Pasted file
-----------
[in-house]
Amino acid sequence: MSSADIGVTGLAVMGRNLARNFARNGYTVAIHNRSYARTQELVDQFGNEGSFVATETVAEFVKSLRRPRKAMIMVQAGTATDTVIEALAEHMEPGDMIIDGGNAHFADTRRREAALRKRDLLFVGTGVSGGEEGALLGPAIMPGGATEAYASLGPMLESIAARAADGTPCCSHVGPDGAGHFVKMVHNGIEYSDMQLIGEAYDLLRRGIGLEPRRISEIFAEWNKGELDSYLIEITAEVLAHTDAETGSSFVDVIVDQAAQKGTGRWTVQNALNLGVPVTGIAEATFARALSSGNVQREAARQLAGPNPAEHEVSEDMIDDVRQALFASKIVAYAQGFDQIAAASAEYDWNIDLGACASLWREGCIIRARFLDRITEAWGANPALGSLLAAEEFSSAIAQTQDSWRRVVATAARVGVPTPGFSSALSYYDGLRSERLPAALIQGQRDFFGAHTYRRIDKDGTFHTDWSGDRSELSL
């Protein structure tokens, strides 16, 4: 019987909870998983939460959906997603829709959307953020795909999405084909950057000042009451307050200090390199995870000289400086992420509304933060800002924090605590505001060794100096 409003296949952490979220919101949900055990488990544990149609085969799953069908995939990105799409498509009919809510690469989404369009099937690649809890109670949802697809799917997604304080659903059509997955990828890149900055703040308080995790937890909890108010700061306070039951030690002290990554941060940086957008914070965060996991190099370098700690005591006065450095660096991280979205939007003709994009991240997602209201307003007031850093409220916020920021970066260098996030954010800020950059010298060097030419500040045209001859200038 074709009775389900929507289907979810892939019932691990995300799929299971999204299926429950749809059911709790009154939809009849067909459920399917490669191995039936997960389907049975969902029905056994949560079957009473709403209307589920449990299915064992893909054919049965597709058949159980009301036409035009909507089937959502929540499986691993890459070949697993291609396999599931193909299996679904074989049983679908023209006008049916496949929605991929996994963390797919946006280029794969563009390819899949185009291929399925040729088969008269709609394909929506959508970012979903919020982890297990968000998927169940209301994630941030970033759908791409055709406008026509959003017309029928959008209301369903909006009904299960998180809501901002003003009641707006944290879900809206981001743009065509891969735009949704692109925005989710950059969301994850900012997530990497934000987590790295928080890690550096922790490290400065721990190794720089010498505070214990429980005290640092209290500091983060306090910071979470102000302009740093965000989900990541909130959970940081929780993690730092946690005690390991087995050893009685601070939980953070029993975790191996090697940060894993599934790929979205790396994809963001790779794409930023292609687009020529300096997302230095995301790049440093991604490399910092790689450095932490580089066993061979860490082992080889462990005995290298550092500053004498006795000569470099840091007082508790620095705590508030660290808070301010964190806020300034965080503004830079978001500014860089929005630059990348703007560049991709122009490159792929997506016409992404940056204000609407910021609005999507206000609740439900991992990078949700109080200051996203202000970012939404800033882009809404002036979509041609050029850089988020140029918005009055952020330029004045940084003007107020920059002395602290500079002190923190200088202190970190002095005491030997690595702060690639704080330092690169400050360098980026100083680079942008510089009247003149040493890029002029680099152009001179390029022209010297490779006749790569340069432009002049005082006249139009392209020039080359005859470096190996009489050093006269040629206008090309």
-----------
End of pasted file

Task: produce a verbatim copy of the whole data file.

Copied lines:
[in-house]
Amino acid sequence: MSSADIGVTGLAVMGRNLARNFARNGYTVAIHNRSYARTQELVDQFGNEGSFVATETVAEFVKSLRRPRKAMIMVQAGTATDTVIEALAEHMEPGDMIIDGGNAHFADTRRREAALRKRDLLFVGTGVSGGEEGALLGPAIMPGGATEAYASLGPMLESIAARAADGTPCCSHVGPDGAGHFVKMVHNGIEYSDMQLIGEAYDLLRRGIGLEPRRISEIFAEWNKGELDSYLIEITAEVLAHTDAETGSSFVDVIVDQAAQKGTGRWTVQNALNLGVPVTGIAEATFARALSSGNVQREAARQLAGPNPAEHEVSEDMIDDVRQALFASKIVAYAQGFDQIAAASAEYDWNIDLGACASLWREGCIIRARFLDRITEAWGANPALGSLLAAEEFSSAIAQTQDSWRRVVATAARVGVPTPGFSSALSYYDGLRSERLPAALIQGQRDFFGAHTYRRIDKDGTFHTDWSGDRSELSL
């Protein structure tokens, strides 16, 4: 019987909870998983939460959906997603829709959307953020795909999405084909950057000042009451307050200090390199995870000289400086992420509304933060800002924090605590505001060794100096 409003296949952490979220919101949900055990488990544990149609085969799953069908995939990105799409498509009919809510690469989404369009099937690649809890109670949802697809799917997604304080659903059509997955990828890149900055703040308080995790937890909890108010700061306070039951030690002290990554941060940086957008914070965060996991190099370098700690005591006065450095660096991280979205939007003709994009991240997602209201307003007031850093409220916020920021970066260098996030954010800020950059010298060097030419500040045209001859200038 074709009775389900929507289907979810892939019932691990995300799929299971999204299926429950749809059911709790009154939809009849067909459920399917490669191995039936997960389907049975969902029905056994949560079957009473709403209307589920449990299915064992893909054919049965597709058949159980009301036409035009909507089937959502929540499986691993890459070949697993291609396999599931193909299996679904074989049983679908023209006008049916496949929605991929996994963390797919946006280029794969563009390819899949185009291929399925040729088969008269709609394909929506959508970012979903919020982890297990968000998927169940209301994630941030970033759908791409055709406008026509959003017309029928959008209301369903909006009904299960998180809501901002003003009641707006944290879900809206981001743009065509891969735009949704692109925005989710950059969301994850900012997530990497934000987590790295928080890690550096922790490290400065721990190794720089010498505070214990429980005290640092209290500091983060306090910071979470102000302009740093965000989900990541909130959970940081929780993690730092946690005690390991087995050893009685601070939980953070029993975790191996090697940060894993599934790929979205790396994809963001790779794409930023292609687009020529300096997302230095995301790049440093991604490399910092790689450095932490580089066993061979860490082992080889462990005995290298550092500053004498006795000569470099840091007082508790620095705590508030660290808070301010964190806020300034965080503004830079978001500014860089929005630059990348703007560049991709122009490159792929997506016409992404940056204000609407910021609005999507206000609740439900991992990078949700109080200051996203202000970012939404800033882009809404002036979509041609050029850089988020140029918005009055952020330029004045940084003007107020920059002395602290500079002190923190200088202190970190002095005491030997690595702060690639704080330092690169400050360098980026100083680079942008510089009247003149040493890029002029680099152009001179390029022209010297490779006749790569340069432009002049005082006249139009392209020039080359005859470096190996009489050093006269040629206008090309």